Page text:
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History of bullterreir

6. 3. 2008

Bull-and-Terriers - crosses between Bulldogs and various terriers - gained popularity among the sporting fraternity during the early 1800s. These crosses combined the determination and courage of the Bulldog with the natural agility and intensity of the terrier. They ranged in size and colour, some showing more Bulldog heritage, while others were more terrier-like.

During the early 1860s, James Hinks of Birmingham, England responded to the introduction of formal dog shows and the burgeoning demand for pet and prize dogs by developing the breed we know today as the Bull Terrier. Hinks' dogs were more refined and consistent in type than previous Bull-and-Terriers. They were characterized by their hallmark pure white coats, often being referred to as White Cavaliers. As the rhyme goes Hinks "Found a Bull Terrier a tattered old bum" and "Made him a dog for a gentleman's chum".

These White Cavaliers gained a strong foothold among discerning owners as both show dogs and exceptional pets and companions. Soon their popularity spread across the Atlantic, with the Bull Terrier Club of America being established in 1897.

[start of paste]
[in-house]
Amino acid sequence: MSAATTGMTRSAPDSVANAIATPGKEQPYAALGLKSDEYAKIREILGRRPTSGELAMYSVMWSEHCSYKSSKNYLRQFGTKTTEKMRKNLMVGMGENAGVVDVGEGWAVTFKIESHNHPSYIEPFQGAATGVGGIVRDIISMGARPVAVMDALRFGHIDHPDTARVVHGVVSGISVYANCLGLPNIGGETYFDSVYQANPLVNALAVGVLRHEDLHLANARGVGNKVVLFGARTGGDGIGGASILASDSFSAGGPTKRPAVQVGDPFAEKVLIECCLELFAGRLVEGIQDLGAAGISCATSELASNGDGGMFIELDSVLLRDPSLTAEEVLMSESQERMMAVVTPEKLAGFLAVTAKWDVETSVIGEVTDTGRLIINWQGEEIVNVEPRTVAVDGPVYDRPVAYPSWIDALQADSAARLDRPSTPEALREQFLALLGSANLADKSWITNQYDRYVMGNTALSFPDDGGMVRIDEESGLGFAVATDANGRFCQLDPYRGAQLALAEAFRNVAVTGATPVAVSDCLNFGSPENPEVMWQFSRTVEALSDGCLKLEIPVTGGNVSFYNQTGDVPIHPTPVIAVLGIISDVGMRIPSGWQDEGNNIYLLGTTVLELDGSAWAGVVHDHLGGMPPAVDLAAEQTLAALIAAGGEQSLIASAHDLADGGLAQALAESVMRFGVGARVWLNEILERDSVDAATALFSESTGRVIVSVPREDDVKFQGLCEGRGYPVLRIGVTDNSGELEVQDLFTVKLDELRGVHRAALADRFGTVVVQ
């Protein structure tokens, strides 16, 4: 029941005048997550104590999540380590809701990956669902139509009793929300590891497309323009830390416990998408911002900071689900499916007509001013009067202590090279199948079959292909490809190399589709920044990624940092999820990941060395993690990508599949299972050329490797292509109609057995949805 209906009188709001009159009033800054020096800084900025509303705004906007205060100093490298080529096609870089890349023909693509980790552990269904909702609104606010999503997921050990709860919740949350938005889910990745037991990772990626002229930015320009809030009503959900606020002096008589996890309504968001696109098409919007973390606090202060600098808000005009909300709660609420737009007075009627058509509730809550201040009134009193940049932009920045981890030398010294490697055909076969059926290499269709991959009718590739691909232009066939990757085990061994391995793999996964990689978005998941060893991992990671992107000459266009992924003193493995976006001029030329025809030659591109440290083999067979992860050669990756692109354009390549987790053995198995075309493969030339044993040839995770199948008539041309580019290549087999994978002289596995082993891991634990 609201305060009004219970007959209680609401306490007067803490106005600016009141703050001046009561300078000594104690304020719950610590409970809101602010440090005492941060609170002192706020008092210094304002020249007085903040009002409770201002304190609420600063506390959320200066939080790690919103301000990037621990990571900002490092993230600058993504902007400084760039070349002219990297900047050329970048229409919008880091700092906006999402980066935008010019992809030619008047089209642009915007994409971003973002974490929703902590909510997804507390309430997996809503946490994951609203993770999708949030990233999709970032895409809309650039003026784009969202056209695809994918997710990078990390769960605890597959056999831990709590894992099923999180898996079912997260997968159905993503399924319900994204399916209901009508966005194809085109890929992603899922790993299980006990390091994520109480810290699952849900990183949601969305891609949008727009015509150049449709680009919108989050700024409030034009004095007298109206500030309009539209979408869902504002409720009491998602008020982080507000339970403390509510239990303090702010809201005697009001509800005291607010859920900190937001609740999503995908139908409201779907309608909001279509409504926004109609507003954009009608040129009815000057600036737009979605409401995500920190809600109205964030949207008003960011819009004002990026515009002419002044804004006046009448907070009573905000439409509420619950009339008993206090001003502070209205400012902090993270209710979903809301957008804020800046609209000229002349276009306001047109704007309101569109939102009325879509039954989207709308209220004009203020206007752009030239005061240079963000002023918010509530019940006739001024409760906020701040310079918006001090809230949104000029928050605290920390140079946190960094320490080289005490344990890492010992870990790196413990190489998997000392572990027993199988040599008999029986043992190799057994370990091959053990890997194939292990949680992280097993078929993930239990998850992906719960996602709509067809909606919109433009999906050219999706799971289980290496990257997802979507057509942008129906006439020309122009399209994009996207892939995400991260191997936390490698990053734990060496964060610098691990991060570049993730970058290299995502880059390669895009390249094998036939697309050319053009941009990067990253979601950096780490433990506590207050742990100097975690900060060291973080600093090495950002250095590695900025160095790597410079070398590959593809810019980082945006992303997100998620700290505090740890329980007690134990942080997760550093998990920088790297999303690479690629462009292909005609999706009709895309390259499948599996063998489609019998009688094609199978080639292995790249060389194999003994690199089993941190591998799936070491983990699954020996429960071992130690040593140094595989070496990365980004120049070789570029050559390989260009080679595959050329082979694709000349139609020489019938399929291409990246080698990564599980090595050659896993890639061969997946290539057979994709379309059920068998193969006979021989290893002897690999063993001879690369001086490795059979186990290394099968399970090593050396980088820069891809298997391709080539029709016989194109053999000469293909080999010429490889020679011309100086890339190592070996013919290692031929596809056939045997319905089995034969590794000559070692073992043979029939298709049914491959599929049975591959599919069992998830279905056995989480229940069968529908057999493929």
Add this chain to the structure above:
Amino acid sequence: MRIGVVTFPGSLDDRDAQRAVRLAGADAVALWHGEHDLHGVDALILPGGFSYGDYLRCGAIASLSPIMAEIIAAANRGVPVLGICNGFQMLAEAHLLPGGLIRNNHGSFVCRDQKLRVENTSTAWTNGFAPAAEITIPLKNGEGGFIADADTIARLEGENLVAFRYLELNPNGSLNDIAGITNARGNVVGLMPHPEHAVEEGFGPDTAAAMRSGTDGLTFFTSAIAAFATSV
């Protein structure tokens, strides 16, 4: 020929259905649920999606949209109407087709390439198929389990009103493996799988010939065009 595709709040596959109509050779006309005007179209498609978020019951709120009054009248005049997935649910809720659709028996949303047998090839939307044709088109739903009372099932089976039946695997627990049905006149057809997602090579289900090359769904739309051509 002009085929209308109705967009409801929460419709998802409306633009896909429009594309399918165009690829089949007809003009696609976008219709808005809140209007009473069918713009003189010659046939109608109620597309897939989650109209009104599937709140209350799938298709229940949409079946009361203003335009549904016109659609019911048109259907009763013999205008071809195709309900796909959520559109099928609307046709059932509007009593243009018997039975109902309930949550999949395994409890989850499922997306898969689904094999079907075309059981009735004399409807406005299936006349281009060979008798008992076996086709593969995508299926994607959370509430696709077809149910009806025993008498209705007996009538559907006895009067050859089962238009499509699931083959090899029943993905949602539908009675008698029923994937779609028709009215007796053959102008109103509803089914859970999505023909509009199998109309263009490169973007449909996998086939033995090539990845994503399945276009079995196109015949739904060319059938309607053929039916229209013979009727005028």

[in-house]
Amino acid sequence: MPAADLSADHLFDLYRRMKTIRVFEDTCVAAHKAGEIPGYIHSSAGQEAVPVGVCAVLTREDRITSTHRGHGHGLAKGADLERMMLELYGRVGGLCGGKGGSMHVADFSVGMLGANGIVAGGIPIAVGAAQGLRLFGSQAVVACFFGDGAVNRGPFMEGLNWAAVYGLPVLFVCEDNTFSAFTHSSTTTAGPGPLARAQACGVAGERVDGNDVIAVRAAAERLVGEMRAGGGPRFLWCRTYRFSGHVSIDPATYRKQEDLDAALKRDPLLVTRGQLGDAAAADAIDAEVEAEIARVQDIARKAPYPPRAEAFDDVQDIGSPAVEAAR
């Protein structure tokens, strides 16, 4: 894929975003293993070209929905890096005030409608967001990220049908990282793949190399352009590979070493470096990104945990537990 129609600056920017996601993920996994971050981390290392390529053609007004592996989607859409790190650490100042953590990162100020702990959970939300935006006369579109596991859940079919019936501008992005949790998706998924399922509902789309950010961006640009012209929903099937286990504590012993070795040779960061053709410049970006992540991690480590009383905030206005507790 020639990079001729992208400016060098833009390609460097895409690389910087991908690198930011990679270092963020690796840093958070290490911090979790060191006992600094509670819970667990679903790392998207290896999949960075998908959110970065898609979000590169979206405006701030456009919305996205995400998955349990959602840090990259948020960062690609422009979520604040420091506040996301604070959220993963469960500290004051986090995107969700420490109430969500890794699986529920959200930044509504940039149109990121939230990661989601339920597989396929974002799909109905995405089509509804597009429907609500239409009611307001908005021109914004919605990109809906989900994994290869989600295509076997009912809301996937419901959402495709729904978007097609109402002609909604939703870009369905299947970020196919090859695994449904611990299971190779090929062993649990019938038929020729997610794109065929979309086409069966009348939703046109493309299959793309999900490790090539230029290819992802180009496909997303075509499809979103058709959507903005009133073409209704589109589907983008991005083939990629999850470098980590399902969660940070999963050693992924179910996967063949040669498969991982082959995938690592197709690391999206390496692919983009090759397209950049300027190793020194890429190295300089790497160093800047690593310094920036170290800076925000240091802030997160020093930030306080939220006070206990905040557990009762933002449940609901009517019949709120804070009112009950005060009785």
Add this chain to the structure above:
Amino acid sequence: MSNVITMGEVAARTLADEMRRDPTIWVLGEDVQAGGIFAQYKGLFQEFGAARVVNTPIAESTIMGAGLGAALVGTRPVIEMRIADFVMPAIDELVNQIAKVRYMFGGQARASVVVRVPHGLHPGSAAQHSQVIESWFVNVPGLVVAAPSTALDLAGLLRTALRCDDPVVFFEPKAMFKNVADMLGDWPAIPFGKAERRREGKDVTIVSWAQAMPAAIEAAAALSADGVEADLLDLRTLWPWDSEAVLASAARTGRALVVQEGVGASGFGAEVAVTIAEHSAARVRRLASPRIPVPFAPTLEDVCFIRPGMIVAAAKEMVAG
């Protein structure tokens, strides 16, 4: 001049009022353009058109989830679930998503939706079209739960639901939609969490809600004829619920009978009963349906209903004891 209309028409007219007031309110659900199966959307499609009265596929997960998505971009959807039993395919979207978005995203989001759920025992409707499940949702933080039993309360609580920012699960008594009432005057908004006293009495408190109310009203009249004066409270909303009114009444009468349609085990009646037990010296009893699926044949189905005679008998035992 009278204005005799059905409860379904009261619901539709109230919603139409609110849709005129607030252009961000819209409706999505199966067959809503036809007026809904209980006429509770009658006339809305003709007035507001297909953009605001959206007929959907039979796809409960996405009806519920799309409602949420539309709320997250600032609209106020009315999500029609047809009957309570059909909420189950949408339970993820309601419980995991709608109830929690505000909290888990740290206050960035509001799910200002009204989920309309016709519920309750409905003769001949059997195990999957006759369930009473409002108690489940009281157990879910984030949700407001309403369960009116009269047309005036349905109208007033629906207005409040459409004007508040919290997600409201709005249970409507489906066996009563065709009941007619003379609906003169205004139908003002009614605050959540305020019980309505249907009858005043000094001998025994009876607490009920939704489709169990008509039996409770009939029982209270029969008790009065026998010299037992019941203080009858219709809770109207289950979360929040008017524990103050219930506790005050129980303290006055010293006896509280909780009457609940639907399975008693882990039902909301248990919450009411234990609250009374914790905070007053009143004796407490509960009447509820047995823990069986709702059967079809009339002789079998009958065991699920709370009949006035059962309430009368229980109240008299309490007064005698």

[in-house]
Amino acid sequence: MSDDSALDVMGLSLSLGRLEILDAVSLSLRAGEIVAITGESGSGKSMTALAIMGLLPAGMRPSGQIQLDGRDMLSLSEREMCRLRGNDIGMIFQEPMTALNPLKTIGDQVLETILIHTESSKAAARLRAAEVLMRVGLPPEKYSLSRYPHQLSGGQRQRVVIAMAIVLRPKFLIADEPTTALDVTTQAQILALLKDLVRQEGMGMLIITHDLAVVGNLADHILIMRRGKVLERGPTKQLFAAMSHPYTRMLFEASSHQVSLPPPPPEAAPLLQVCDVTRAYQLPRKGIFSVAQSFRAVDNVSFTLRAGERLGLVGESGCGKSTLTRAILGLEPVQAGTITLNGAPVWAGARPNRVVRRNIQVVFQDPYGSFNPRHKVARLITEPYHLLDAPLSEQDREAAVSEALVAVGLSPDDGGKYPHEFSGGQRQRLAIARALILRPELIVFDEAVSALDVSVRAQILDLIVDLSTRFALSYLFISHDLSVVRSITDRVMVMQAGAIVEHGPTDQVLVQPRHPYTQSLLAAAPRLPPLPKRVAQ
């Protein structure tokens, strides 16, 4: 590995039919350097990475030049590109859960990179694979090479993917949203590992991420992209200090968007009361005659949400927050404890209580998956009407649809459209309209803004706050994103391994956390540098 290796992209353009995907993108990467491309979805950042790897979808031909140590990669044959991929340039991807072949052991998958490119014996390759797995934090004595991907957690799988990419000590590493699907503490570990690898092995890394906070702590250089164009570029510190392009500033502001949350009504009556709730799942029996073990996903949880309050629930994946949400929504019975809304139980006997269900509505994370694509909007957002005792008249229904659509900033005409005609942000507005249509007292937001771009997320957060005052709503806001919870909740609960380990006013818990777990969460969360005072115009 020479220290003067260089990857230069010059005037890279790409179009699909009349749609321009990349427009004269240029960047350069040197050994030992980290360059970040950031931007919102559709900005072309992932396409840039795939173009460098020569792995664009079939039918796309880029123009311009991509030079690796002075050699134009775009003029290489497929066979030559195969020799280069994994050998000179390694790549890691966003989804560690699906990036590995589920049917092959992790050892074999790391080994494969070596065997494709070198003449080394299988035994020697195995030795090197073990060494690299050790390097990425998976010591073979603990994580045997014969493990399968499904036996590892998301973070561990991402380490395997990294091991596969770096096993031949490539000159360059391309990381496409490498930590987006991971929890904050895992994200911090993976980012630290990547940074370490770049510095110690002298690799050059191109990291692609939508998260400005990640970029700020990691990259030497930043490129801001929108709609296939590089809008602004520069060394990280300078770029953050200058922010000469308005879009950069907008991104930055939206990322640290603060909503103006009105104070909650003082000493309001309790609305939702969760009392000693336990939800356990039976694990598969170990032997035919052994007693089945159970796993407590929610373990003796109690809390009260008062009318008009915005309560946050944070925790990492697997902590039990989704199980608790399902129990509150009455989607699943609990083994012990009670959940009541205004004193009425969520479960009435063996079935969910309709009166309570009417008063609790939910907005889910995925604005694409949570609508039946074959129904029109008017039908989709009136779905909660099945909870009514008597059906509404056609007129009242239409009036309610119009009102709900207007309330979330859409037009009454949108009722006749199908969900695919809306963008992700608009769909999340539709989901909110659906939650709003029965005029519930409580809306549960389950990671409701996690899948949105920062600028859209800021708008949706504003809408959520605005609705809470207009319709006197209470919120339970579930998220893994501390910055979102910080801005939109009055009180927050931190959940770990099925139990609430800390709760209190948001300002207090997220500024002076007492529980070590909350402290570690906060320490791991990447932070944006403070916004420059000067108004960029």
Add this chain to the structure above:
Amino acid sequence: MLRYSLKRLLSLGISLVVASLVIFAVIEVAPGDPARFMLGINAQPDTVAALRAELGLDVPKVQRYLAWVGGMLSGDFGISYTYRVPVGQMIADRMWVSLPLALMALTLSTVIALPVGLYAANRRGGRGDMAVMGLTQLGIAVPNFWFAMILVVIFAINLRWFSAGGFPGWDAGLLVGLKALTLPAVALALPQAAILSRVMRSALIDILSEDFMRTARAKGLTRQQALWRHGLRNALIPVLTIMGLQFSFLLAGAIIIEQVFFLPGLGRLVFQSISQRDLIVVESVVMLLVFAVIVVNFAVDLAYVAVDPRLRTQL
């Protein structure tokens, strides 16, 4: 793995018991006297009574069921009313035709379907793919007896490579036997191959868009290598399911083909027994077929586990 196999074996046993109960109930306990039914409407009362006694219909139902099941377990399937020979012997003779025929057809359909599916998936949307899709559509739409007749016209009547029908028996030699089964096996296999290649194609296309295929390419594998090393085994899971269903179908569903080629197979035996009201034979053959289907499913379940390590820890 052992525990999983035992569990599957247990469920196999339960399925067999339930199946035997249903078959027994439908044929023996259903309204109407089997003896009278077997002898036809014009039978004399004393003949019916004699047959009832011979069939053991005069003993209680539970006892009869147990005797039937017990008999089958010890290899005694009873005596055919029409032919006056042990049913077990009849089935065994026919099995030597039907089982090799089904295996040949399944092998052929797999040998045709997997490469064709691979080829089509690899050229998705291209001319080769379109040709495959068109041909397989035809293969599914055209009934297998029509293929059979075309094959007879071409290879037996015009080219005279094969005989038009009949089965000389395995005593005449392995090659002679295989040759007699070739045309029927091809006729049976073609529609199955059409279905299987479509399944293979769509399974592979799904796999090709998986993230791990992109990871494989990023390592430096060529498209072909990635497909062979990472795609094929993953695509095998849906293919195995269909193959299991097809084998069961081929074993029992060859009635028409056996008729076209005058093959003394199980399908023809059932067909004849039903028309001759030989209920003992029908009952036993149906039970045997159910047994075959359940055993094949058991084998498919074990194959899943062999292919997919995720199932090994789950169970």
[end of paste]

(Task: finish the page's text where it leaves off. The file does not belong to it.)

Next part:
Records indicate that Hinks' breeding program employed existing Bull-and-Terriers, his own white Bulldog Madman and the now extinct White English Terriers. These early dogs were all white, with no colures markings permitted, but over time patches of colour on the head became acceptable. In the early 1900s a few breeders crossed their White Cavaliers with colures Staffordshire Bull Terriers and established the colures coat. The "Colour" was recognized as a separate variety of Bull Terrier in 1936. The standard for the Colour variety is the same as for the White except for coat colour, which must be any colour other than white or any colour with white just so long as the white does not predominate.

Given his muscular build and oft-times diabolical expression the Bull Terrier can appear quite unapproachable. To the contrary he is an exceedingly friendly dog, thriving on affection and always ready for a frolic. The Bull Terrier is the cavalier and clown of the canine race, robust and spirited, yet of a sweet and fun-loving disposition.